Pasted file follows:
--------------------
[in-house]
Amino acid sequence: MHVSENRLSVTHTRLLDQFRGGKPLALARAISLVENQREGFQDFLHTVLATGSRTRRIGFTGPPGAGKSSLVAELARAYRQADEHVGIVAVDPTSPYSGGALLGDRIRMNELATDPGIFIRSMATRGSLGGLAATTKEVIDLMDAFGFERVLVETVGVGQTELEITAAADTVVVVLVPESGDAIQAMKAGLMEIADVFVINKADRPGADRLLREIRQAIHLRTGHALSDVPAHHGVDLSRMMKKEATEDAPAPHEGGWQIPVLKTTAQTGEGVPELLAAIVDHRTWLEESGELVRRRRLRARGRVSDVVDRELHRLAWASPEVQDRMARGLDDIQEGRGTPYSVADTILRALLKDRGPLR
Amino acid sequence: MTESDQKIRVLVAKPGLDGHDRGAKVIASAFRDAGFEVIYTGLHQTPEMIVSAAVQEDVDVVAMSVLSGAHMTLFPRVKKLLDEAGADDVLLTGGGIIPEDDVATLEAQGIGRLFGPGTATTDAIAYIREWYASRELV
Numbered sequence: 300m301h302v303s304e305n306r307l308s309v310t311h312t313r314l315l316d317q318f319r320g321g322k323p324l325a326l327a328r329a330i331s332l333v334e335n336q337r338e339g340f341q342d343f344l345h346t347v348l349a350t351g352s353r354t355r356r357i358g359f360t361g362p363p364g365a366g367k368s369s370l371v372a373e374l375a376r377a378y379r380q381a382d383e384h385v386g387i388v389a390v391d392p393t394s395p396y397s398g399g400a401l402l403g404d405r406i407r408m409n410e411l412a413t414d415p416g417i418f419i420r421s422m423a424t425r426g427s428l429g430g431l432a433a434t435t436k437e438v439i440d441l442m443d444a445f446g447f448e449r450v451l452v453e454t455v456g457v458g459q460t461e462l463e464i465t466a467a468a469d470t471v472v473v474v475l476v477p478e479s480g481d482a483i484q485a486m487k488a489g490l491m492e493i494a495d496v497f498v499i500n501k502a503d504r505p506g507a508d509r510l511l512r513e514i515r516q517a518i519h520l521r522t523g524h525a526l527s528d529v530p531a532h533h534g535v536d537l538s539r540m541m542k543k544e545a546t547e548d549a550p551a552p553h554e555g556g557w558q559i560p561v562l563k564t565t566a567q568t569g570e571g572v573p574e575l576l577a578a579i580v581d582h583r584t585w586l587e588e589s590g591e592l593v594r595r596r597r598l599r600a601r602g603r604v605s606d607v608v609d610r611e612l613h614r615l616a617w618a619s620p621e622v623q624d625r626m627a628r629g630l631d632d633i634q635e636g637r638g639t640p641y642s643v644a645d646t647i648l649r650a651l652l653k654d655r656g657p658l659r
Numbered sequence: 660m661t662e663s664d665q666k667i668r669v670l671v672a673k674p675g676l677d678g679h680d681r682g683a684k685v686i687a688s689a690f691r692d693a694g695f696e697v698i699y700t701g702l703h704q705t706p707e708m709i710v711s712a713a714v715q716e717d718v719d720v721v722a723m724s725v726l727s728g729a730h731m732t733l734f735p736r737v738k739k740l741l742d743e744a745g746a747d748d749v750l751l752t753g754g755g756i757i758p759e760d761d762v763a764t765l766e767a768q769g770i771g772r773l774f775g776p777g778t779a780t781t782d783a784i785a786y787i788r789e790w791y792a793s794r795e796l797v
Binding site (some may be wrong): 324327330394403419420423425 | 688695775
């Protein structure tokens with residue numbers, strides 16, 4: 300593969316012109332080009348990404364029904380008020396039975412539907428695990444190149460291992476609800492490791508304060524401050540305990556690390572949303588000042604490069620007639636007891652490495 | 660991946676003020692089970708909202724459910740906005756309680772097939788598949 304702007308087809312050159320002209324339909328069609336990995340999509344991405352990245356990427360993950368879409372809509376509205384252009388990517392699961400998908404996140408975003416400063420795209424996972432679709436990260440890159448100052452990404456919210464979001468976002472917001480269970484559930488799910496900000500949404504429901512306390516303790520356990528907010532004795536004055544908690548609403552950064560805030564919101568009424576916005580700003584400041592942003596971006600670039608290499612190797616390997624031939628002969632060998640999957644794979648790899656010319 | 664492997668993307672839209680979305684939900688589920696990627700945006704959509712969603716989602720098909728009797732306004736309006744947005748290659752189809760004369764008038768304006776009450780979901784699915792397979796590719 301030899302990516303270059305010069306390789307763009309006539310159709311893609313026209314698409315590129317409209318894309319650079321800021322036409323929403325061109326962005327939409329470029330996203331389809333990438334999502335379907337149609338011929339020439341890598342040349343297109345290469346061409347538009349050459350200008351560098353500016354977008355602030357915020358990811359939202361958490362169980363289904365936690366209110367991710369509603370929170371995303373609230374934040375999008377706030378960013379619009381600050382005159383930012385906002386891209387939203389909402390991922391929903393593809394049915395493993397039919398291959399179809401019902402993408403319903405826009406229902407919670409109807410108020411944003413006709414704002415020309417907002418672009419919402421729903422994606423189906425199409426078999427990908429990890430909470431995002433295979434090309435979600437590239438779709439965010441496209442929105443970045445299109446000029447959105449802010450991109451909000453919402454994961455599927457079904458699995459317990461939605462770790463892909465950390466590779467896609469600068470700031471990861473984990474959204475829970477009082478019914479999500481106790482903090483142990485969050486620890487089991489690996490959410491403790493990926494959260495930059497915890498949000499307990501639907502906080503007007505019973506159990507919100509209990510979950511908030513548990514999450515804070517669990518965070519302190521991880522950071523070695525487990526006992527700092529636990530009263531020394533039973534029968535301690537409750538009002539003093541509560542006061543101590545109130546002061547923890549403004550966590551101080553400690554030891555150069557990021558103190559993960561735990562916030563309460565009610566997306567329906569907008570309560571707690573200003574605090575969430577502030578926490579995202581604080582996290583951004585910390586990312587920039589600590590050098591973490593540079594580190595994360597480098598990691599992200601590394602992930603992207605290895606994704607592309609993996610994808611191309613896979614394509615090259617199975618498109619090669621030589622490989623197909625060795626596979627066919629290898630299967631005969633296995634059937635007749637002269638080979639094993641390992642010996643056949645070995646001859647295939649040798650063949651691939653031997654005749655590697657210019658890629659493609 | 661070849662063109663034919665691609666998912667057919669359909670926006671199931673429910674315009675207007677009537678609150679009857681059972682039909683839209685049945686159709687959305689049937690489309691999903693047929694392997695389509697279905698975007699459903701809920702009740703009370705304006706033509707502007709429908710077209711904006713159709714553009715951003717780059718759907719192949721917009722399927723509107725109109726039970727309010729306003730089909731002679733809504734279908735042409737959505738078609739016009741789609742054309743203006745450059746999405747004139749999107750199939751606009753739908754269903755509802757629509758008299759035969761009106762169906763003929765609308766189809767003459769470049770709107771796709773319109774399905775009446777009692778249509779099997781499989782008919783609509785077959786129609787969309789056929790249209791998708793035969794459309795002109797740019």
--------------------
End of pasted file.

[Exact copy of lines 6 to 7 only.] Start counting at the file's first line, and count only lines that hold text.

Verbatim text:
Binding site (some may be wrong): 324327330394403419420423425 | 688695775
């Protein structure tokens with residue numbers, strides 16, 4: 300593969316012109332080009348990404364029904380008020396039975412539907428695990444190149460291992476609800492490791508304060524401050540305990556690390572949303588000042604490069620007639636007891652490495 | 660991946676003020692089970708909202724459910740906005756309680772097939788598949 304702007308087809312050159320002209324339909328069609336990995340999509344991405352990245356990427360993950368879409372809509376509205384252009388990517392699961400998908404996140408975003416400063420795209424996972432679709436990260440890159448100052452990404456919210464979001468976002472917001480269970484559930488799910496900000500949404504429901512306390516303790520356990528907010532004795536004055544908690548609403552950064560805030564919101568009424576916005580700003584400041592942003596971006600670039608290499612190797616390997624031939628002969632060998640999957644794979648790899656010319 | 664492997668993307672839209680979305684939900688589920696990627700945006704959509712969603716989602720098909728009797732306004736309006744947005748290659752189809760004369764008038768304006776009450780979901784699915792397979796590719 301030899302990516303270059305010069306390789307763009309006539310159709311893609313026209314698409315590129317409209318894309319650079321800021322036409323929403325061109326962005327939409329470029330996203331389809333990438334999502335379907337149609338011929339020439341890598342040349343297109345290469346061409347538009349050459350200008351560098353500016354977008355602030357915020358990811359939202361958490362169980363289904365936690366209110367991710369509603370929170371995303373609230374934040375999008377706030378960013379619009381600050382005159383930012385906002386891209387939203389909402390991922391929903393593809394049915395493993397039919398291959399179809401019902402993408403319903405826009406229902407919670409109807410108020411944003413006709414704002415020309417907002418672009419919402421729903422994606423189906425199409426078999427990908429990890430909470431995002433295979434090309435979600437590239438779709439965010441496209442929105443970045445299109446000029447959105449802010450991109451909000453919402454994961455599927457079904458699995459317990461939605462770790463892909465950390466590779467896609469600068470700031471990861473984990474959204475829970477009082478019914479999500481106790482903090483142990485969050486620890487089991489690996490959410491403790493990926494959260495930059497915890498949000499307990501639907502906080503007007505019973506159990507919100509209990510979950511908030513548990514999450515804070517669990518965070519302190521991880522950071523070695525487990526006992527700092529636990530009263531020394533039973534029968535301690537409750538009002539003093541509560542006061543101590545109130546002061547923890549403004550966590551101080553400690554030891555150069557990021558103190559993960561735990562916030563309460565009610566997306567329906569907008570309560571707690573200003574605090575969430577502030578926490579995202581604080582996290583951004585910390586990312587920039589600590590050098591973490593540079594580190595994360597480098598990691599992200601590394602992930603992207605290895606994704607592309609993996610994808611191309613896979614394509615090259617199975618498109619090669621030589622490989623197909625060795626596979627066919629290898630299967631005969633296995634059937635007749637002269638080979639094993641390992642010996643056949645070995646001859647295939649040798650063949651691939653031997654005749655590697657210019658890629659493609 | 661070849662063109663034919665691609666998912667057919669359909670926006671199931673429910674315009675207007677009537678609150679009857681059972682039909683839209685049945686159709687959305689049937690489309691999903693047929694392997695389509697279905698975007699459903701809920702009740703009370705304006706033509707502007709429908710077209711904006713159709714553009715951003717780059718759907719192949721917009722399927723509107725109109726039970727309010729306003730089909731002679733809504734279908735042409737959505738078609739016009741789609742054309743203006745450059746999405747004139749999107750199939751606009753739908754269903755509802757629509758008299759035969761009106762169906763003929765609308766189809767003459769470049770709107771796709773319109774399905775009446777009692778249509779099997781499989782008919783609509785077959786129609787969309789056929790249209791998708793035969794459309795002109797740019």